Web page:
20-year ban planned on new Grand Canyon uranium mining


WASHINGTON — The Obama administration announced Monday that it intends to place a 20-year ban on mining 1 million acres of land bordering the Grand Canyon, an area where uranium mining claims have spiked 2,000% in the last seven years.

The ban would strengthen a moratorium on new mining claims and activity, which the administration placed on Grand Canyon border lands two years ago in response to the jump in uranium stakes. Interior Department officials said the agency initially would extend the current moratorium another six months, until December, in order to complete the steps necessary to establish the 20-year ban. Mines currently in operation would not be affected.

Environmentalists, some lawmakers and water utilities serving metropolitan areas in the southwest, including Los Angeles, said the decision would protect the critical Colorado River watershed from possible contamination from uranium mining and would prevent the Grand Canyon panorama from being gradually industrialized.


“This a big important step because we know there are rich claims out here that that mining industry would have gone after quickly,” said Roger Clark, air and energy program director for the Grand Canyon Trust, a Flagstaff, Ariz., environmental group. “Mining would have affected the watershed, disturbed critical wildlife habitat, industrialized the perimeter of the Grand Canyon. It’s kind of like locating a meatpacking house next to the Vatican: it’s an incompatible use of the land.”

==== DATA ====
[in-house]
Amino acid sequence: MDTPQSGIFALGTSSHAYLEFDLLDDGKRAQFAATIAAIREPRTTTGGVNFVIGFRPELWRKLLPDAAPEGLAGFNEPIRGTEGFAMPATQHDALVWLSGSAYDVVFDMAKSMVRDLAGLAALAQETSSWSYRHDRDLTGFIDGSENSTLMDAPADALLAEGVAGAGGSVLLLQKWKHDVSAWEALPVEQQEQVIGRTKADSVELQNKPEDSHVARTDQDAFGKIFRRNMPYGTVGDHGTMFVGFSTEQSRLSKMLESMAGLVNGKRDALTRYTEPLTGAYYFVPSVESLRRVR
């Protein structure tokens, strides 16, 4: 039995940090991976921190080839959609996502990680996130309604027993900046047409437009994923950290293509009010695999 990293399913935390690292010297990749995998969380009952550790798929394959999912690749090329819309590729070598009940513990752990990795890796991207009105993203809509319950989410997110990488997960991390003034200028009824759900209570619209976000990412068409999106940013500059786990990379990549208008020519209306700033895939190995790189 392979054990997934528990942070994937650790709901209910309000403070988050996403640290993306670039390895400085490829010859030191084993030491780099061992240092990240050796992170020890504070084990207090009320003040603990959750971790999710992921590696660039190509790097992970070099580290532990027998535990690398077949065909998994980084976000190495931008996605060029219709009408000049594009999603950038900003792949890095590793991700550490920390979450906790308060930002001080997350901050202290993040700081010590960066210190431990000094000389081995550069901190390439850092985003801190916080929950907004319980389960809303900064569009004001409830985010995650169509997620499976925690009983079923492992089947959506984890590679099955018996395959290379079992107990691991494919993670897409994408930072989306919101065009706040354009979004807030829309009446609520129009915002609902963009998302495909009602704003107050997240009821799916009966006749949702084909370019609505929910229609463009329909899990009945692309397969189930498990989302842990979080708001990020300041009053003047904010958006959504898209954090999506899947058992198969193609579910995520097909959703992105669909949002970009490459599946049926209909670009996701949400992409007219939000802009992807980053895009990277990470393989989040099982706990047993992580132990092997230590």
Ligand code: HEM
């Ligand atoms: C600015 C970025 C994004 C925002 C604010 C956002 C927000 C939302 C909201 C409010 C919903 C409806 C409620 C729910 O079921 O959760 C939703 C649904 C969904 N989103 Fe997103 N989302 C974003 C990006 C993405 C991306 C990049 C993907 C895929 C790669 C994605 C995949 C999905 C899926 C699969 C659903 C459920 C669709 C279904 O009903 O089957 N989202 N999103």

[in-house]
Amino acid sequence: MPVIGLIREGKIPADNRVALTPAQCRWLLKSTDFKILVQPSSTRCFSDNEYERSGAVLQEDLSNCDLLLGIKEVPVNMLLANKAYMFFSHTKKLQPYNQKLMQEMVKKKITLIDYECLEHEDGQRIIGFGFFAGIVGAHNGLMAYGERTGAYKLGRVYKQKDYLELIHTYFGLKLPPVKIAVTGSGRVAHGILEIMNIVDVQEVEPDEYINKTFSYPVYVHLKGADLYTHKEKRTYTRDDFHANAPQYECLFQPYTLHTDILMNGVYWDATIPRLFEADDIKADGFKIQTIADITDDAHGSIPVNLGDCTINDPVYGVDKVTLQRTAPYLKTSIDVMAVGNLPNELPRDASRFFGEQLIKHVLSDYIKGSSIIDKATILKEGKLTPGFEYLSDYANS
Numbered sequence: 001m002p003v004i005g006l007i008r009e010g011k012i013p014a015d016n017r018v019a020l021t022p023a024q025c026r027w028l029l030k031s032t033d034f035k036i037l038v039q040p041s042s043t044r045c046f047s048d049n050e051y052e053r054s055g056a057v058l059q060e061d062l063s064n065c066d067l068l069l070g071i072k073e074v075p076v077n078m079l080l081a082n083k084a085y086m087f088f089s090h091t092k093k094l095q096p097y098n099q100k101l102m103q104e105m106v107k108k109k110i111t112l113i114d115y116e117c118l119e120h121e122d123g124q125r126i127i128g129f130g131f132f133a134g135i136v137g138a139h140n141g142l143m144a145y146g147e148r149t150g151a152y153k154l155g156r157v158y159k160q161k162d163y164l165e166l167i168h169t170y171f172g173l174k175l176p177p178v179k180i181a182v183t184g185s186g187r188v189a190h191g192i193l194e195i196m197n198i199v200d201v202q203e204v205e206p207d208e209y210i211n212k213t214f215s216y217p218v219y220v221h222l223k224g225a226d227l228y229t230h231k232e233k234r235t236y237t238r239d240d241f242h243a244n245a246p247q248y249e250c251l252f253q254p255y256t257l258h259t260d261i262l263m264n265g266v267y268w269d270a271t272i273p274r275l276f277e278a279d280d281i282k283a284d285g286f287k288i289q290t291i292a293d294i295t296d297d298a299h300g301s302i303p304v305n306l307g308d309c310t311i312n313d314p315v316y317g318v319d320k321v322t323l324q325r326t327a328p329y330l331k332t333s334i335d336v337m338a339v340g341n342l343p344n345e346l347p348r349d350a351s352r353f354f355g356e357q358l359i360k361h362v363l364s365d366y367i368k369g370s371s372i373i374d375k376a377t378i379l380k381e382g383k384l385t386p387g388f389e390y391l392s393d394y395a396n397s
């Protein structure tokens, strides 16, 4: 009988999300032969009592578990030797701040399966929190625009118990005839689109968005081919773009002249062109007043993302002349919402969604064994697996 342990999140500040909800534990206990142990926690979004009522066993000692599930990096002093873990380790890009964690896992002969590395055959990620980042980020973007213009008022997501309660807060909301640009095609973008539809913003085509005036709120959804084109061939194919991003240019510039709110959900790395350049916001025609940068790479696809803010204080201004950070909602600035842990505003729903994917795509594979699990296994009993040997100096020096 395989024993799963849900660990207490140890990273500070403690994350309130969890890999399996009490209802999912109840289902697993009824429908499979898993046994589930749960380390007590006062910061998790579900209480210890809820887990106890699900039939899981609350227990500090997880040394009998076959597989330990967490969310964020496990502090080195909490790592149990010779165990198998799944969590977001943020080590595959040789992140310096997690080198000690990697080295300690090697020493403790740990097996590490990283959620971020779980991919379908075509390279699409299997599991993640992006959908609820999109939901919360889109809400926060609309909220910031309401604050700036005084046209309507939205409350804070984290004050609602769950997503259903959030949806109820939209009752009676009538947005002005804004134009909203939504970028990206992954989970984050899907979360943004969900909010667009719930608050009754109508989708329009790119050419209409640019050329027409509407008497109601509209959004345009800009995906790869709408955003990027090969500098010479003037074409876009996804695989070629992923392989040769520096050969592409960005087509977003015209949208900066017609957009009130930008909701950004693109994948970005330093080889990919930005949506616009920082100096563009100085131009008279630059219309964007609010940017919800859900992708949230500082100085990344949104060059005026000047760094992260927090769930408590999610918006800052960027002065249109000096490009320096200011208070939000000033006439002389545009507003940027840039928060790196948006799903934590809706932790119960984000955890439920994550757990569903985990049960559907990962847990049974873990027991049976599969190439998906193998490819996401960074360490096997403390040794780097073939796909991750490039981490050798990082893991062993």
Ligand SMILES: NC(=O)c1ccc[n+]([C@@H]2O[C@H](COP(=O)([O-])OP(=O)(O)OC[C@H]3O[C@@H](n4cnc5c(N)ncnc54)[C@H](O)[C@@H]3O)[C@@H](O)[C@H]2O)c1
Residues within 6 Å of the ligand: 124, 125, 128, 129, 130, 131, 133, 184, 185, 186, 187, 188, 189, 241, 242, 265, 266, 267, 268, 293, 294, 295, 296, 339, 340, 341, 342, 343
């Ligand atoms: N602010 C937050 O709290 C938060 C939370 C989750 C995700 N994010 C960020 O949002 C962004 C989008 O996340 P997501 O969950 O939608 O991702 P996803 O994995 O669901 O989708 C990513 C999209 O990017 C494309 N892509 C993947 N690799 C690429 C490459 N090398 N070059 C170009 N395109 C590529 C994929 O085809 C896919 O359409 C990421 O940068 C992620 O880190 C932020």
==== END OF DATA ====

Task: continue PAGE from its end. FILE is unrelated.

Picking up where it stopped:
The mining industry and its congressional supporters warned that removing such a vast swath of land from industry risked jobs and economic growth. The decision “is scientifically unsupportable and sets a troublesome precedent as we struggle to create jobs and meet more of our future energy needs with domestic fuels,” said Carol Raulston, a spokeswoman for the National Mining Assn., in an email.

Because Interior Secretary Ken Salazar will issue a final decision on the moratorium in the fall, there is a small chance the 1 million-acre ban could be scaled back. The mining association said it had not yet made a decision whether to challenge the prohibition in court.

Salazar issued the current two-year moratorium, set to expire on July 20, because of concerns about the possible environmental and health impacts of uranium mining near the Grand Canyon, Clark said.

Mining claims around the Grand Canyon are among the thousands filed by companies along the borders of numerous national parks and wilderness areas. In the past seven years, mining companies, many of them foreign firms, have filed claims to the rights to copper, gold, uranium and other metals on land around Mt. Rushmore, Joshua Tree National Park and other famous refuges at an increased rate because of rising global prices, according to a recent report by the Pew Environment Group.

Critics say an outmoded 1872 law is driving the increase in claims in such sensitive places. The law allows corporations to stake out rights to federal lands for mining without a competitive bid and to extract resources without paying royalties.